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1 July 2004 Nesting Biology and Foraging Ecology of the Wood-boring Bee Lithurgus chrysurus (Hymenoptera: Megachilidae)
Richard W. Rust, Geneviève Cambon, Jean-Paul Torre Grossa, Bernard E. Vaissière
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Abstract

The biology of the wood-boring bee Lithurgus chrysurus Fonscolombe, 1834 is described and the biology of the genus Lithurgus is summarized. Lithurgus chrysurus is univoltine and over-winter as prepupae inside cocoons. The females excavate their own burrows in various dead woods and they do not reuse burrows. The cells are separated by partitions composed of cut wood pieces. To assess the diet breadth of L. chrysurus, pollen analyses were conducted on 8 samples of provisions from 3 nests and 2 feces samples from one nest. The provisions averaged 30,600 pollen grains per mg of dry matter. The proportion of broken pollen grains averaged 3.3% and was consistent among nests and for provisions and feces. Centaurea (Asteraceae, tribe Cynareae) was the dominant pollen type found in all provisions and feces, accounting for 98.0 to 99.9% of the pollen based on the number of grains. This proportion was similar among nests for both provisions and feces. These results indicate that, at the study site, L. chrysurus was strictly oligolectic on Centaurea pollen while nectar was probably collected on other plant species as well.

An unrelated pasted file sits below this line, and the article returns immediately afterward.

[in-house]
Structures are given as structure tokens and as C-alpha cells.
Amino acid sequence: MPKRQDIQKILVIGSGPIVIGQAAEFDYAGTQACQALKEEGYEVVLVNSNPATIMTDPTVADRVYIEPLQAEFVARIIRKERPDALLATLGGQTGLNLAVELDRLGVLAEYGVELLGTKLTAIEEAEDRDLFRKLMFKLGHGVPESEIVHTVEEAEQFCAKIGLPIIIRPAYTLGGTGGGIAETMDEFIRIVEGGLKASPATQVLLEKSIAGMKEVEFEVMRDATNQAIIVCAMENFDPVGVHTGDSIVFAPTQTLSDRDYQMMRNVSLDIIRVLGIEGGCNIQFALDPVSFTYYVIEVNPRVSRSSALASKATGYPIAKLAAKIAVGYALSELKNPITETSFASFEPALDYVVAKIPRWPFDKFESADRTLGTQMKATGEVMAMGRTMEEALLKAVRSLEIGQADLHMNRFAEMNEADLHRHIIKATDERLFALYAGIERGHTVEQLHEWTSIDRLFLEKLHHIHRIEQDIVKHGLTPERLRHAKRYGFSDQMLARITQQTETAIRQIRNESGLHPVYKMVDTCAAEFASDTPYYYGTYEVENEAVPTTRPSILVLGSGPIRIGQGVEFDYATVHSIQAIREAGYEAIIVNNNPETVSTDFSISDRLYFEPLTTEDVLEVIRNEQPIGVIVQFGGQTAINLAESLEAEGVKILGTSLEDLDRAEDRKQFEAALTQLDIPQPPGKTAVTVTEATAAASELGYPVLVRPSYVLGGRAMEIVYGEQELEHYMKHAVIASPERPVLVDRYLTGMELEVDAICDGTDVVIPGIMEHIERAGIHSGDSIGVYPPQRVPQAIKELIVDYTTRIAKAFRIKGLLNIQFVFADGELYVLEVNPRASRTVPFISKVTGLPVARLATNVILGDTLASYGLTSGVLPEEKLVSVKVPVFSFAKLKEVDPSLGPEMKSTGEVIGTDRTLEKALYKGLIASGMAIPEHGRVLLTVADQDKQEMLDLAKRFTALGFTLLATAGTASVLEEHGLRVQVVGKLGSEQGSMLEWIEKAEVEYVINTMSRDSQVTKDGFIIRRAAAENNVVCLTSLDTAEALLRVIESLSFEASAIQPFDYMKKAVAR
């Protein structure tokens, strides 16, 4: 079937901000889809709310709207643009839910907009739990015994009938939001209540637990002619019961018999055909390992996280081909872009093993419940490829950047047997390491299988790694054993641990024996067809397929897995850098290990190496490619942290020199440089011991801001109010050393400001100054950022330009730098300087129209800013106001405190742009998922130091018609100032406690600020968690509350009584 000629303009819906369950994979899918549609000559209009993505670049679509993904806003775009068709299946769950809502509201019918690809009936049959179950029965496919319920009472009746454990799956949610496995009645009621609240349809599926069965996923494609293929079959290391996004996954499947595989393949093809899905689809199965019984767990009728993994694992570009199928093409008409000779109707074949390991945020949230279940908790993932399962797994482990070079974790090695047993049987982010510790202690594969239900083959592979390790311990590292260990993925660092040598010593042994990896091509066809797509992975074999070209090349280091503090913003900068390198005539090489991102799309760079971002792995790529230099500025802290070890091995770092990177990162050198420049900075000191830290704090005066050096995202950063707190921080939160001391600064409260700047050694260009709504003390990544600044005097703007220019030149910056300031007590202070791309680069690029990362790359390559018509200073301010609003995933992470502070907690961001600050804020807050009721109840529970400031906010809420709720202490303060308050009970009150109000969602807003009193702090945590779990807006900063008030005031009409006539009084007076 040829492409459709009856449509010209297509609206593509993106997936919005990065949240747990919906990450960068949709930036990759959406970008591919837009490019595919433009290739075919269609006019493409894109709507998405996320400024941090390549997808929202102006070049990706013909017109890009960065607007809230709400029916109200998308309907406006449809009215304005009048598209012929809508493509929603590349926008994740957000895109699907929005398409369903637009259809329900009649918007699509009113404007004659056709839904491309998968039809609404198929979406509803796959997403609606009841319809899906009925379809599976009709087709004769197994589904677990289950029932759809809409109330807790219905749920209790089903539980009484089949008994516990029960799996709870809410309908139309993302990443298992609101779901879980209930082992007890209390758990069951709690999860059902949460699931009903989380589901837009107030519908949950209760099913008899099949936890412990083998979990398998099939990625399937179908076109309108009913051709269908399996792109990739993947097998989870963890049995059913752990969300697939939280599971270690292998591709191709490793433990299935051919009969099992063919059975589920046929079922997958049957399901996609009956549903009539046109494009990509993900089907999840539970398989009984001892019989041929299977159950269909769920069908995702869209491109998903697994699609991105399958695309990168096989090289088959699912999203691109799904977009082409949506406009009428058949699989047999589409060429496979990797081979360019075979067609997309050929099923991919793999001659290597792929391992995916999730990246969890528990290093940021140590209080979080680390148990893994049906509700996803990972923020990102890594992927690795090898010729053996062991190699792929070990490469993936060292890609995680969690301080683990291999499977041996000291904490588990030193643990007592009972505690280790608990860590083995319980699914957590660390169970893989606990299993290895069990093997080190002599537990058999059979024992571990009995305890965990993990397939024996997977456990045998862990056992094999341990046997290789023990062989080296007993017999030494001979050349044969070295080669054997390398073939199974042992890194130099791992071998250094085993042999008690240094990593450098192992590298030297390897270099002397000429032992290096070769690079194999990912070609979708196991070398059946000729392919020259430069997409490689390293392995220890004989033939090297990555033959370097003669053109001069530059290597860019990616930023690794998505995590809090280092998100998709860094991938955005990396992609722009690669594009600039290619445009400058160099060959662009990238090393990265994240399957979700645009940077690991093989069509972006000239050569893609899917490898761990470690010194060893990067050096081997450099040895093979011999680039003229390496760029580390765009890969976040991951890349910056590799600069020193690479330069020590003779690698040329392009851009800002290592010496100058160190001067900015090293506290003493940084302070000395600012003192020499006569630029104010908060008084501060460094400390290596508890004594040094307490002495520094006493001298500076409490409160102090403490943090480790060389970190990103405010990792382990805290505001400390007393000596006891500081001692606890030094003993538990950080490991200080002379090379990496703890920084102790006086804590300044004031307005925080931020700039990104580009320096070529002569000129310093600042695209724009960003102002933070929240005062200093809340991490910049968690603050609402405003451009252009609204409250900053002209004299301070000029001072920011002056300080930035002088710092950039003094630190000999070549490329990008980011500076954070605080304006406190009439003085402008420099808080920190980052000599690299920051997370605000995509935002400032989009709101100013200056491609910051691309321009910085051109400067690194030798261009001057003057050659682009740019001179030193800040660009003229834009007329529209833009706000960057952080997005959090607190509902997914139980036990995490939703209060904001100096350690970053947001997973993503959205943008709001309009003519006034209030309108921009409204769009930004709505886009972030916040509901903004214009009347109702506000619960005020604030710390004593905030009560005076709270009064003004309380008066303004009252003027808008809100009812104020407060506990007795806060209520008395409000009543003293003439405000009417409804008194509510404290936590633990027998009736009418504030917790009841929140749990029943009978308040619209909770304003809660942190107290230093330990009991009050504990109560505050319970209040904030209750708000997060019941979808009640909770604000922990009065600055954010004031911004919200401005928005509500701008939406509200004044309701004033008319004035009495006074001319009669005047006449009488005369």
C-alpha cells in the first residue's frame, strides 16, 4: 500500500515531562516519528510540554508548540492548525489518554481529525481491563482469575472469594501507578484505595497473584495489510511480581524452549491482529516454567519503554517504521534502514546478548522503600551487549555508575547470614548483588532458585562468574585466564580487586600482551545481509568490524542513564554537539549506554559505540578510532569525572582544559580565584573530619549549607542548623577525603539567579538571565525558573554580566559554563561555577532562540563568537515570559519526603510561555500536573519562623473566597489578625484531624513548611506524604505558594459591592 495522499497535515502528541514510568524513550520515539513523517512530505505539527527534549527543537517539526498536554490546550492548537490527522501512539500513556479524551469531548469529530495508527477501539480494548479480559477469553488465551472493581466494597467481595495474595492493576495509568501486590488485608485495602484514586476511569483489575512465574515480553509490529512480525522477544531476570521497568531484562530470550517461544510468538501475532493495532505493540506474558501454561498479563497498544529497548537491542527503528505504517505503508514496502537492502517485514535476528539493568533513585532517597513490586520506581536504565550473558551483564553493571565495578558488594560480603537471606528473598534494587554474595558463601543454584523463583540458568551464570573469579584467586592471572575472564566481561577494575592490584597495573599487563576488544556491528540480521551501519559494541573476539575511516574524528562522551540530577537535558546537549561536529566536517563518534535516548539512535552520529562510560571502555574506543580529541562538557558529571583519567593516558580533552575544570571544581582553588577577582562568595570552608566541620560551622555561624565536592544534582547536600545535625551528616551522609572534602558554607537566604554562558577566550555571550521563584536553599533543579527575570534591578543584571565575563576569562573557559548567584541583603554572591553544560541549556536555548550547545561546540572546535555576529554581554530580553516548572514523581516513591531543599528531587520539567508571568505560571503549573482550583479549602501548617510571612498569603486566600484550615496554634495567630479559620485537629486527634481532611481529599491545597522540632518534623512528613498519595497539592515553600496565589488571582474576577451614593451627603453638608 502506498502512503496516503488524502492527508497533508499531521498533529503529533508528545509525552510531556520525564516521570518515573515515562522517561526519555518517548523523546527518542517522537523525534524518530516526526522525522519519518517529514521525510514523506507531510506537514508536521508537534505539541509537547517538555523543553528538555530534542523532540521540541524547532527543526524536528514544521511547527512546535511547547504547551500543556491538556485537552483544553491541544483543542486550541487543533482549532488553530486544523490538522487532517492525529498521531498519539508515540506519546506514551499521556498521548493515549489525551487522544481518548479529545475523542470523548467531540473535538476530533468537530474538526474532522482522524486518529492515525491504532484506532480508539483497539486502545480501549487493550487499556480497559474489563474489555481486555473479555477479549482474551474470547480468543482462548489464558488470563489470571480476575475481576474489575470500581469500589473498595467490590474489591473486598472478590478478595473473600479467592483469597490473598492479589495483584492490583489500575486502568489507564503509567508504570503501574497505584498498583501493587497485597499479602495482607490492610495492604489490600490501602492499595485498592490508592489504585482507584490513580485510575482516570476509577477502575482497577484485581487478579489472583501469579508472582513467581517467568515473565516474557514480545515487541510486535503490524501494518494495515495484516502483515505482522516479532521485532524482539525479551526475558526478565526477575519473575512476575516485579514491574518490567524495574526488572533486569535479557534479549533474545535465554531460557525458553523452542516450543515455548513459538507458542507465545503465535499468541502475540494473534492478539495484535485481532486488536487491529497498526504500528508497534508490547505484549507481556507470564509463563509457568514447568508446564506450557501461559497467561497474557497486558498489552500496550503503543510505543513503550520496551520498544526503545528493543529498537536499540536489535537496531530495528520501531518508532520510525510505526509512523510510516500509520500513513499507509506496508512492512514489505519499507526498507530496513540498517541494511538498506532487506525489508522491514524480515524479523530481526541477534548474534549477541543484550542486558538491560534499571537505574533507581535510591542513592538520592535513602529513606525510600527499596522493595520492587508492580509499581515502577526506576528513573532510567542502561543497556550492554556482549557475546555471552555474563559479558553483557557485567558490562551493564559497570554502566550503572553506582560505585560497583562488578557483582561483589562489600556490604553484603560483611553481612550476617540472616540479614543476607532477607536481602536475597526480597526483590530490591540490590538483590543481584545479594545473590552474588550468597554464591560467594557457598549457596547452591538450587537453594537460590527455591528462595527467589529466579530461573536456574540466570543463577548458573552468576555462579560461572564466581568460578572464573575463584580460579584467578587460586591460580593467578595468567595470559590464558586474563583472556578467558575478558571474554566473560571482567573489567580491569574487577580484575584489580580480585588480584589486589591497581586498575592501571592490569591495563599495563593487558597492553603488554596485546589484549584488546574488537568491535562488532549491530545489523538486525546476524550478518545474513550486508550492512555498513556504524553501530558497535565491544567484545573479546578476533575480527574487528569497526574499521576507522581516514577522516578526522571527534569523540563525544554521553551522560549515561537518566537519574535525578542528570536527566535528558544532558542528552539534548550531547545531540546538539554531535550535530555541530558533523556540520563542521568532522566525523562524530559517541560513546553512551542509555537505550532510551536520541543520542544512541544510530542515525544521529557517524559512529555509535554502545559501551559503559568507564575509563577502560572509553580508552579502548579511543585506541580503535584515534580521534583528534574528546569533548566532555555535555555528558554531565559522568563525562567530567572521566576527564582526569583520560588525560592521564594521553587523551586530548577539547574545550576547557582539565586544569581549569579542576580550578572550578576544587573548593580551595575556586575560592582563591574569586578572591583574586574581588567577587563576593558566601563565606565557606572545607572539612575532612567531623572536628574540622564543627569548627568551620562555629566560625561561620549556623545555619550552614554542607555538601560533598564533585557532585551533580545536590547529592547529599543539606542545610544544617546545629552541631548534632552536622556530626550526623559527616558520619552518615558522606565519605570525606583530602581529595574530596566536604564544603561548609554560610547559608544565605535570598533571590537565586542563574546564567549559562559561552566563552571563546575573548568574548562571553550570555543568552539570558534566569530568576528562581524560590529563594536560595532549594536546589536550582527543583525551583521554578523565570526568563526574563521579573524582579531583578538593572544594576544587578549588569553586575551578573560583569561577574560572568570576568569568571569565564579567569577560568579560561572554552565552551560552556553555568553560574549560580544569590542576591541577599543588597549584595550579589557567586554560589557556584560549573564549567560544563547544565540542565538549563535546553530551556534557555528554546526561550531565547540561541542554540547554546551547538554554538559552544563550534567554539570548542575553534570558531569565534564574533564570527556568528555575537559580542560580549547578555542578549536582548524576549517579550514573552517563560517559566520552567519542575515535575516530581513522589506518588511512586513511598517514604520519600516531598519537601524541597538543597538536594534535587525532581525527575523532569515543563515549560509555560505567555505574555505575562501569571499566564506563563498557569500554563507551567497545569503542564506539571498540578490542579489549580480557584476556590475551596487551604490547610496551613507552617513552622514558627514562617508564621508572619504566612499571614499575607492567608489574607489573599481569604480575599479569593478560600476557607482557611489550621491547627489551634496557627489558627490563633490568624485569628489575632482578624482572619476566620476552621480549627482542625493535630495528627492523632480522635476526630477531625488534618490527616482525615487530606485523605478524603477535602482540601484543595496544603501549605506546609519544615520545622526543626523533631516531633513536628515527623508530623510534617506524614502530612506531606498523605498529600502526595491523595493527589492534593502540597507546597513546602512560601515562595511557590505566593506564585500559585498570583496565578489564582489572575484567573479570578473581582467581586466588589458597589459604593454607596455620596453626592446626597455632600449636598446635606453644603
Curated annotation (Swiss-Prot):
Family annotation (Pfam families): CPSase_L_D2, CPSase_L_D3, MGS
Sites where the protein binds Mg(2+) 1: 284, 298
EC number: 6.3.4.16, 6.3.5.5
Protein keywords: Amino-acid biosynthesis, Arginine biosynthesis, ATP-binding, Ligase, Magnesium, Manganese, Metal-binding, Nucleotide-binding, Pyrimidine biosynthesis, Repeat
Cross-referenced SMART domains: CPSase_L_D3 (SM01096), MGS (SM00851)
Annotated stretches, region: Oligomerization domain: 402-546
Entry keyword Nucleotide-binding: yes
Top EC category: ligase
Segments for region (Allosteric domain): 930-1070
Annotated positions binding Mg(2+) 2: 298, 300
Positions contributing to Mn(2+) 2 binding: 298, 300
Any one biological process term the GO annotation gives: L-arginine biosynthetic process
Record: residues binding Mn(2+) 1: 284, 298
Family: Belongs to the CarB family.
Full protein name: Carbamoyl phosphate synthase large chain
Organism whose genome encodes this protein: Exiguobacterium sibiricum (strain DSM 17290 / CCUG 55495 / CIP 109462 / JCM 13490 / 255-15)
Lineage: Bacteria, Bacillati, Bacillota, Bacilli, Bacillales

Richard W. Rust, Geneviève Cambon, Jean-Paul Torre Grossa, and Bernard E. Vaissière "Nesting Biology and Foraging Ecology of the Wood-boring Bee Lithurgus chrysurus (Hymenoptera: Megachilidae)," Journal of the Kansas Entomological Society 77(3), 269-279, (1 July 2004). https://doi.org/10.2317/0402.17.1
Accepted: 1 April 2004; Published: 1 July 2004
JOURNAL ARTICLE
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KEYWORDS
Centaurea
Lithurgus
nesting behavior
oligolecty
pollen foraging
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